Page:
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What to Look for When Getting Home Loans from Foreign Banks

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Ryan Ong

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If you want a Singapore home loan from a foreign bank, chances are  you’re uninformed, desperate, and not very choosy. And if you approach banks in that state, you’re basically like a diver who just strapped tuna steaks to his ass and dived into the Orca enclosure in Sea World. Know what to look for, to avoid financial slaughter:

 

1. Understand How the Interest Rate Works

In most countries, banks will offer a floating rate (the rate varies according to an index), or a fixed rate (the rate stays the same).

The exact definition of “fixed” and “floating” differs between countries. In Singapore, a “fixed rate” is temporary; it lasts for a certain number of years before reverting to a floating rate. In countries like the United States, a fixed rate might last for the entire loan tenure.

Some countries’ banks also offer “split rates”, in which one part of the home loan is fixed, and the other part is variable.

If you’re getting a floating or split rate, find out how the rate is determined. Home loans in the United Kingdom might be pegged to the London Interbank Offered Rate (LIBOR), whereas most local bank loans are pegged to the Singapore Interbank Offered Rate (SIBOR). You will need to track this index, to know if it’s time to refinance.

Alternatively, some banks will offer you internal rates (board rates), which are determined by how badly the director wants a new Ferrari.

 

2. Can You Switch Between Currencies for Loan Repayments?

When you take an overseas loan, a major concern is always the foreign exchange rate. If the strength of the Singapore dollar rises, your home loan will be cheaper. If it falls, your home loan becomes more expensive.

For this reason, most borrowers seek loan packages that let them “switch” currency – Some packages give you an option as to which currency they want to pay in, at the time of each loan repayment (or at specified time periods).

Talk to mortgage specialists at MoneySmart for more details.

 

3. How Does Refinancing Work?

If you’re on a floating rate, or the foreign exchange rate  turns against you,you’ll want to refinance.  In Singapore the rules are clear: as long as you’re out of your bank’s lock-in period, you can switch to any home loan package you like. But this may not be the case in foreign banks, particularly those with perpetual fixed rates*.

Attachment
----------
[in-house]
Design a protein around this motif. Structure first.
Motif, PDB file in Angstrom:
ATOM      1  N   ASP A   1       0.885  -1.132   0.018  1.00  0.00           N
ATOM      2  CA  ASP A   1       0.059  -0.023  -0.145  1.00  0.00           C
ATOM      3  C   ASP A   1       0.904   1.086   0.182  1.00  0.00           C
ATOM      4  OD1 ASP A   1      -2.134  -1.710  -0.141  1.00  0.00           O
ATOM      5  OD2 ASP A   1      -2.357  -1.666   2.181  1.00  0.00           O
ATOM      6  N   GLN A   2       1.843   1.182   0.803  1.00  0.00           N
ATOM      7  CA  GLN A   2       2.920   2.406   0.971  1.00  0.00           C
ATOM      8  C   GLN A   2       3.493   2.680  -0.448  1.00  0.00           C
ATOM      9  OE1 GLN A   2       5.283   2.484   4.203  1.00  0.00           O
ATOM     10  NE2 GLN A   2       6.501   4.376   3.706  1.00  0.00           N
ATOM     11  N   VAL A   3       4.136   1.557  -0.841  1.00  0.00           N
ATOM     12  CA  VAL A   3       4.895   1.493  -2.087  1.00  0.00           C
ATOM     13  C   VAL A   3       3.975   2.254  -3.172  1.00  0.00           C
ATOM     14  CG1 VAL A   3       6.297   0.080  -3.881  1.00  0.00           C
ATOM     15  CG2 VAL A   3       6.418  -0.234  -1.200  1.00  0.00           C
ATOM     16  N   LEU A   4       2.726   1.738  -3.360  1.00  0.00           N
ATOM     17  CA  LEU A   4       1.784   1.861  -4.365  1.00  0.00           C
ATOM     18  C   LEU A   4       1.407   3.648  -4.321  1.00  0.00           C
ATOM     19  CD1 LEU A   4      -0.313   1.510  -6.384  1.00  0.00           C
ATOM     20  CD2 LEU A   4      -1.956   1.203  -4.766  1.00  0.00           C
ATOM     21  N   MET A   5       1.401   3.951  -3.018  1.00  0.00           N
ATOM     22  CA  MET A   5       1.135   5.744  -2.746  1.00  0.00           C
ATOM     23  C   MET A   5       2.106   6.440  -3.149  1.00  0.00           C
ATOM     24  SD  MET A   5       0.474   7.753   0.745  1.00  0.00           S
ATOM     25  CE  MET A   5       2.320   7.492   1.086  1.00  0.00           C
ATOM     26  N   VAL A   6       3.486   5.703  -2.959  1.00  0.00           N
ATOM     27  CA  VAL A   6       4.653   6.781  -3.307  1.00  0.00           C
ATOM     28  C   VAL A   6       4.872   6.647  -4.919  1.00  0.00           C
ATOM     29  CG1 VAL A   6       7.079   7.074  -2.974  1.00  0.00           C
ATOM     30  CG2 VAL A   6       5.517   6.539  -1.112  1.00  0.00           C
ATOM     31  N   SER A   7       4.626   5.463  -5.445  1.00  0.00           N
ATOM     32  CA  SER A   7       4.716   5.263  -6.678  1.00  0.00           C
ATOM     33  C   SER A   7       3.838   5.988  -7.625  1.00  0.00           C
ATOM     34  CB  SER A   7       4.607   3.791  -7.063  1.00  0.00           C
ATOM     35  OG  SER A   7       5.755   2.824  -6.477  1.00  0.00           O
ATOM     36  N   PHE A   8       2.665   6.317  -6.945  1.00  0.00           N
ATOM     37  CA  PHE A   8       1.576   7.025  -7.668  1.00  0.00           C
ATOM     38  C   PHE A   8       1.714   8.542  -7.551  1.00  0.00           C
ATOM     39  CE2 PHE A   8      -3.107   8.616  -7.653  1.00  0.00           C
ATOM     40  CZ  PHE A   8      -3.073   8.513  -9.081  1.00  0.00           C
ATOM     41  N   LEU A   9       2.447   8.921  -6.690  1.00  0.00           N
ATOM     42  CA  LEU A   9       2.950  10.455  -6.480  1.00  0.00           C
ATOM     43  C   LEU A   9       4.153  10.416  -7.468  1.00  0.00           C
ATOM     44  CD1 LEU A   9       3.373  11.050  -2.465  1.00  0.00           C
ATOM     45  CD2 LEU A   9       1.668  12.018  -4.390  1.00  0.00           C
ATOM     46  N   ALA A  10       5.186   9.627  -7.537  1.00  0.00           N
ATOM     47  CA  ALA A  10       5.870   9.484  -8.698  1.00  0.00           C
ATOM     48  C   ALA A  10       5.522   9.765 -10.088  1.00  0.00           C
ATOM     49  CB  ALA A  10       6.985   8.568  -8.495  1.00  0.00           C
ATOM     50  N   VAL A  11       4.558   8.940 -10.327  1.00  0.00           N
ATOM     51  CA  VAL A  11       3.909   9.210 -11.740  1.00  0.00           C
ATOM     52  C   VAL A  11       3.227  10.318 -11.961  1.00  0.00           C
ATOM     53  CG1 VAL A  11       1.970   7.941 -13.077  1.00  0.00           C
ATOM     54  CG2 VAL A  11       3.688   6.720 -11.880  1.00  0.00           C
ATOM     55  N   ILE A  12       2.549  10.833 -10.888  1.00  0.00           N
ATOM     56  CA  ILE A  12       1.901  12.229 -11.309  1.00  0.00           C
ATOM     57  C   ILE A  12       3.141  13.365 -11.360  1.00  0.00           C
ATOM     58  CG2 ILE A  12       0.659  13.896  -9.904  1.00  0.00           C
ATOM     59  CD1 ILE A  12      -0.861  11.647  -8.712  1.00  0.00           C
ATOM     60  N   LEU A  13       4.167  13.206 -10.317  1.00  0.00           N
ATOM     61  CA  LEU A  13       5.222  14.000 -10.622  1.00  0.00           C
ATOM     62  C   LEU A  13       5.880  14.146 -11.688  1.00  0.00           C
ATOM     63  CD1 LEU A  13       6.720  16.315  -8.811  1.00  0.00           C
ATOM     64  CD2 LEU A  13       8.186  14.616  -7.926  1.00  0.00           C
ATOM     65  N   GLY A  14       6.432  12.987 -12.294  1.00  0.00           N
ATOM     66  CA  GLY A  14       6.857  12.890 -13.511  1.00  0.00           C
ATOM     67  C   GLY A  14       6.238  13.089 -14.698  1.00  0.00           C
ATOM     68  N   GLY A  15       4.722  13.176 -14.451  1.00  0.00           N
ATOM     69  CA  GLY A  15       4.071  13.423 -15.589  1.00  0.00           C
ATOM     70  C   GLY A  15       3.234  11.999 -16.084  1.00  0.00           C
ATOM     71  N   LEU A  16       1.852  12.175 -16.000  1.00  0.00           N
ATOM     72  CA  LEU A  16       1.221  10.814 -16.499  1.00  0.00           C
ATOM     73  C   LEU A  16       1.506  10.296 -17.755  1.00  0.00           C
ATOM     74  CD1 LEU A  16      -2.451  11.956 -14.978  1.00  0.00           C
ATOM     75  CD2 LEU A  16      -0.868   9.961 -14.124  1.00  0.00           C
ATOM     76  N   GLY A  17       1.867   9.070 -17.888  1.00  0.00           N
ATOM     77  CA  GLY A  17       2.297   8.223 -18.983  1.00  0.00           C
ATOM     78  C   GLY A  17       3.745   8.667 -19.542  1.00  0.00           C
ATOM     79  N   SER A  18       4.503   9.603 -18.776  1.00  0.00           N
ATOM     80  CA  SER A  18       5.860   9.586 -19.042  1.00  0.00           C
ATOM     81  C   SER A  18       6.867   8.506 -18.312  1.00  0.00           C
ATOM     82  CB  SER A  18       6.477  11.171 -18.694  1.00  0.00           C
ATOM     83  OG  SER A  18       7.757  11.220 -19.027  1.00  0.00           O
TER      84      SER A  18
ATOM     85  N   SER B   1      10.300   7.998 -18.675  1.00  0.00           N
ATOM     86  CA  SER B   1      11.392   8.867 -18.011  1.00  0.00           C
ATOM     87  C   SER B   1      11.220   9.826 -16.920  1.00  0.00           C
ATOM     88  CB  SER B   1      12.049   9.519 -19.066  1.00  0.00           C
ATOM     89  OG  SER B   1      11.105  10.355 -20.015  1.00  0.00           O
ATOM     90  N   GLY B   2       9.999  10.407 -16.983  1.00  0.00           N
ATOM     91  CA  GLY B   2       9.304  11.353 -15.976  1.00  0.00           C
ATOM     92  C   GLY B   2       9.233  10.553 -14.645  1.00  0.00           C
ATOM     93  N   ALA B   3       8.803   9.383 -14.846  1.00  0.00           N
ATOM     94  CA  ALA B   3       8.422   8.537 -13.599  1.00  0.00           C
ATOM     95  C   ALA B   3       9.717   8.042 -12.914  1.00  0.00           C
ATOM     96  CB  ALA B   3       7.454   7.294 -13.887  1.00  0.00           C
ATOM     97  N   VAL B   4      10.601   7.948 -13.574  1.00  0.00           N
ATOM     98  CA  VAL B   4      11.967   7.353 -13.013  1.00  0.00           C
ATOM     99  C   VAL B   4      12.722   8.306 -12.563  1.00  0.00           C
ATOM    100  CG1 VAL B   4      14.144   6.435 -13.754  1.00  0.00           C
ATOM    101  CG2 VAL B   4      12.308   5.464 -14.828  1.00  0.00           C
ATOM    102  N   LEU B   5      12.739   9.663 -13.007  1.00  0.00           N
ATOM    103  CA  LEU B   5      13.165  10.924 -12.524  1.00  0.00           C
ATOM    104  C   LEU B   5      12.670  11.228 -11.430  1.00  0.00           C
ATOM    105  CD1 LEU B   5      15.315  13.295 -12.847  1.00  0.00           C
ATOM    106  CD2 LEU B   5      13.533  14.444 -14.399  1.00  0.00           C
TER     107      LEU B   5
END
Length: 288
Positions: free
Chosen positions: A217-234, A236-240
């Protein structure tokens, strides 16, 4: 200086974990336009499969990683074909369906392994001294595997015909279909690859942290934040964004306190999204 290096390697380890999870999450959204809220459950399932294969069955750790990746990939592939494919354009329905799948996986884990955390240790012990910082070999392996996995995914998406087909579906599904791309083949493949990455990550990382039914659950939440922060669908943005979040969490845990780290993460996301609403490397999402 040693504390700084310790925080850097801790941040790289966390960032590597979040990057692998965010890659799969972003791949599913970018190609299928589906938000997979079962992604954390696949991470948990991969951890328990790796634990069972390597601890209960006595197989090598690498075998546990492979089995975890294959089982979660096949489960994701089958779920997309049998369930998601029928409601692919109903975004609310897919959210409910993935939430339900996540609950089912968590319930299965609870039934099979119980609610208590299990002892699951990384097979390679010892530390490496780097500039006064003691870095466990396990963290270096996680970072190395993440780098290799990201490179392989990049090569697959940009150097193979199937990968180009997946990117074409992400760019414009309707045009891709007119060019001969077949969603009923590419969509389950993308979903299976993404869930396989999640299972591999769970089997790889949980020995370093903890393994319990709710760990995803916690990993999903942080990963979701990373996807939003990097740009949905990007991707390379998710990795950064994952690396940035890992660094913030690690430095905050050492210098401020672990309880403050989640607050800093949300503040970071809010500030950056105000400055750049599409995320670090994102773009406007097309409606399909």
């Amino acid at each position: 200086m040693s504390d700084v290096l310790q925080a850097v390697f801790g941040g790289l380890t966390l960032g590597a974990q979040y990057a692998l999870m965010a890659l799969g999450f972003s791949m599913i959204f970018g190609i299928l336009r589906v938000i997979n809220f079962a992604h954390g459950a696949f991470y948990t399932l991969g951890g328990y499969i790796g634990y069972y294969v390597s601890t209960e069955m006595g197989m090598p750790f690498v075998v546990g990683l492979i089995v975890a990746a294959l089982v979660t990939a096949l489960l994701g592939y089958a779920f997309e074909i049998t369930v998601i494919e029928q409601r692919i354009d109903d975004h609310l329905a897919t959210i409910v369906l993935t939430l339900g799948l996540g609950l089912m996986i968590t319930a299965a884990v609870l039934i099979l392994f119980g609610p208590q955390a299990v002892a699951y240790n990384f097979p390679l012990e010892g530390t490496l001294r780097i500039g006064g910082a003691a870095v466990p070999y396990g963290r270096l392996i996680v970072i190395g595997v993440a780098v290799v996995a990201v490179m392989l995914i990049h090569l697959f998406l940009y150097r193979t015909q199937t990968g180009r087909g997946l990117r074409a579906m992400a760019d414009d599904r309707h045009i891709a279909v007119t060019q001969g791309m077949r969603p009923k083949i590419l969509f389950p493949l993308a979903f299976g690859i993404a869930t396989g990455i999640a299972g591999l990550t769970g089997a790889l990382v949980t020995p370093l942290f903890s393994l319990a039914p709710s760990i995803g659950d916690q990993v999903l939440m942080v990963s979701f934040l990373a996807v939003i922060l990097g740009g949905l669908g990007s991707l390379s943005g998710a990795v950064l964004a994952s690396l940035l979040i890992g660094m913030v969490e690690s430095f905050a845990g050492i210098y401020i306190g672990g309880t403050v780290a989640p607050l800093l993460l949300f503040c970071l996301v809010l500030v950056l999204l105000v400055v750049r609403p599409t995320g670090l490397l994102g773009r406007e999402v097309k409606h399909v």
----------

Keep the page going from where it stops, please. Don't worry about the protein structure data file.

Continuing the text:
(*In general, the lock-in period lasts for as long as the fixed rate. So if you have a fixed rate for five years, you probably have a five year lock-in.)

Also, consider the conveyancing costs that come with refinancing. Even among local banks, the conveyancing fees can amount to $2,500 – $3,000. These may be much higher overseas, depending on the kind of legal paperwork needed.

 

4. Do You Have In-Principle Approval?

Foreign banks may calculate your net worth and loan servicing ratios differently. Right now this isn’t too big a problem – our cooling measures have tightened debt servicing ratios, so in most foreign countries you can borrow more.

In any case, always get in-principle approval before buying the property. The last thing you want is to pay a deposit, and then realise the bank won’t lend you the rest. Never assume that you’re worth as much to a foreign bank as you are to a local one.

 

5. Beware of “No Down Payment” or “No Deposit” Home Loans

In Singapore, home loans are capped at 80% of the property value. This isn’t the case in other countries. Some foreign banks offer “no down payment” or “no deposit” home loans, which come close to full financing (e.g. 95% of the property value).

These things are the krakens of the home loans ocean. They eat borrowers whole, and poop them out as broken, homeless hobos.

Many of these packages come with mandatory, overpriced mortgage insurance, or insanely high interest rates. These are coupled with restrictive clauses, which prevent easy refinancing later on.

Even if you can get one of these loans (the requirements are stringent, because banks like to ensure their prey is helpless), think twice. It’s a mistake you could regret for years to come.

Do you have an overseas home loan? Comment and tell us how it’s going!

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Ryan Ong

I was a freelance writer for over a decade, and covered topics from music to super-contagious foot diseases. I took this job because I believe financial news should be accessible and fun to read. Also, because the assignments don't involve shouting teenagers and debilitating plagues.

  • PCA

    Hi, how about doing an article on seller financing …not sure if it is legal in SG though it is common in the US/UK